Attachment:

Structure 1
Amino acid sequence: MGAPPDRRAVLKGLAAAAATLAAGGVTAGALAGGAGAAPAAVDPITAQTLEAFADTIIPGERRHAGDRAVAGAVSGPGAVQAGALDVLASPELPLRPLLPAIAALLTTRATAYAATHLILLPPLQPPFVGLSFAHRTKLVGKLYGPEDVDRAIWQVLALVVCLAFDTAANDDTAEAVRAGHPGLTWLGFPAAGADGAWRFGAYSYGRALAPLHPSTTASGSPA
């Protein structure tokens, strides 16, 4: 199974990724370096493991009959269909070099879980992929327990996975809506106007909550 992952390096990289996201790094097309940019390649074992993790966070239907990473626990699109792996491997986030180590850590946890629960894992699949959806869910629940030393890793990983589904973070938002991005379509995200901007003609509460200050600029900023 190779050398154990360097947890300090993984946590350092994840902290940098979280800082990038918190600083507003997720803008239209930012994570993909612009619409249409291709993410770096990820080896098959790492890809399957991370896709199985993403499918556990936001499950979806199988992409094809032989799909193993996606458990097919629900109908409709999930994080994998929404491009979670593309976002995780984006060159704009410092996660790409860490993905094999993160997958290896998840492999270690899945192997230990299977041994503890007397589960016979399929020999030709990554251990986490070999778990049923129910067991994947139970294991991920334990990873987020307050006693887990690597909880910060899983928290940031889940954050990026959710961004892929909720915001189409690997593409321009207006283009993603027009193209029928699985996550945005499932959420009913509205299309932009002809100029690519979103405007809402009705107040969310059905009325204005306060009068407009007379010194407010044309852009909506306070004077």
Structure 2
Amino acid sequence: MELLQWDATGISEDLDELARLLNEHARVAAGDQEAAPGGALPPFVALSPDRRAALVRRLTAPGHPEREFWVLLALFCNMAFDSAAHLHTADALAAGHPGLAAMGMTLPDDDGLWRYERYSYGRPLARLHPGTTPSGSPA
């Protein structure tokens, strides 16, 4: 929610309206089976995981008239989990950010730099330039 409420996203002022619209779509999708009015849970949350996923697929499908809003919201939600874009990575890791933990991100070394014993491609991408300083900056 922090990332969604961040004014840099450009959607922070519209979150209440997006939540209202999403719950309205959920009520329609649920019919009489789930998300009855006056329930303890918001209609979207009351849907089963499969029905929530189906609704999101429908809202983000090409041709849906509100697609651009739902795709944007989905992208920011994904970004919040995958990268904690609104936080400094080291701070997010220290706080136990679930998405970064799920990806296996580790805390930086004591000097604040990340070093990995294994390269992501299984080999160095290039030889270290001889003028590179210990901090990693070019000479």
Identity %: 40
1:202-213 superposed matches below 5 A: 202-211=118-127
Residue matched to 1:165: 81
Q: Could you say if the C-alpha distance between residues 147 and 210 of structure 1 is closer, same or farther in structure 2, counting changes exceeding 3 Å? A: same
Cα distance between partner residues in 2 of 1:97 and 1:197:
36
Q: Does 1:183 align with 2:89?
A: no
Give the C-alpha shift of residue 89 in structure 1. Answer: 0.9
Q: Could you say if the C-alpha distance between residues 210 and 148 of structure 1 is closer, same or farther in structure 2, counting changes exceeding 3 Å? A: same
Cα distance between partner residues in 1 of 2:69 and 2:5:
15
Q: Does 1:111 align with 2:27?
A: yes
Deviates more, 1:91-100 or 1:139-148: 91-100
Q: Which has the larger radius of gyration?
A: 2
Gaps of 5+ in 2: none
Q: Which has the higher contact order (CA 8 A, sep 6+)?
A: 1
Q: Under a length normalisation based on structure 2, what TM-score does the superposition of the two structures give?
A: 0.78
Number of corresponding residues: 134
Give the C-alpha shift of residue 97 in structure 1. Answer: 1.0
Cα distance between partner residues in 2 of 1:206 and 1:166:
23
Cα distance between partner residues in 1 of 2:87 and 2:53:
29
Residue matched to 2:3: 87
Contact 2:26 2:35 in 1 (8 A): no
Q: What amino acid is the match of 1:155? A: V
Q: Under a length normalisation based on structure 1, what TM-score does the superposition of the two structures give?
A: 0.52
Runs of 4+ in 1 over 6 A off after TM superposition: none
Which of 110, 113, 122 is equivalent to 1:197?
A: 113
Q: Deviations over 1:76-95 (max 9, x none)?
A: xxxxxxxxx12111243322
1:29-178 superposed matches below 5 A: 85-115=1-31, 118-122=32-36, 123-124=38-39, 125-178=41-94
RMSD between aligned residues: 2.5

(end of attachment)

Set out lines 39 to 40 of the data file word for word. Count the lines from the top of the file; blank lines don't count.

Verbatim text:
A: 0.52
Runs of 4+ in 1 over 6 A off after TM superposition: none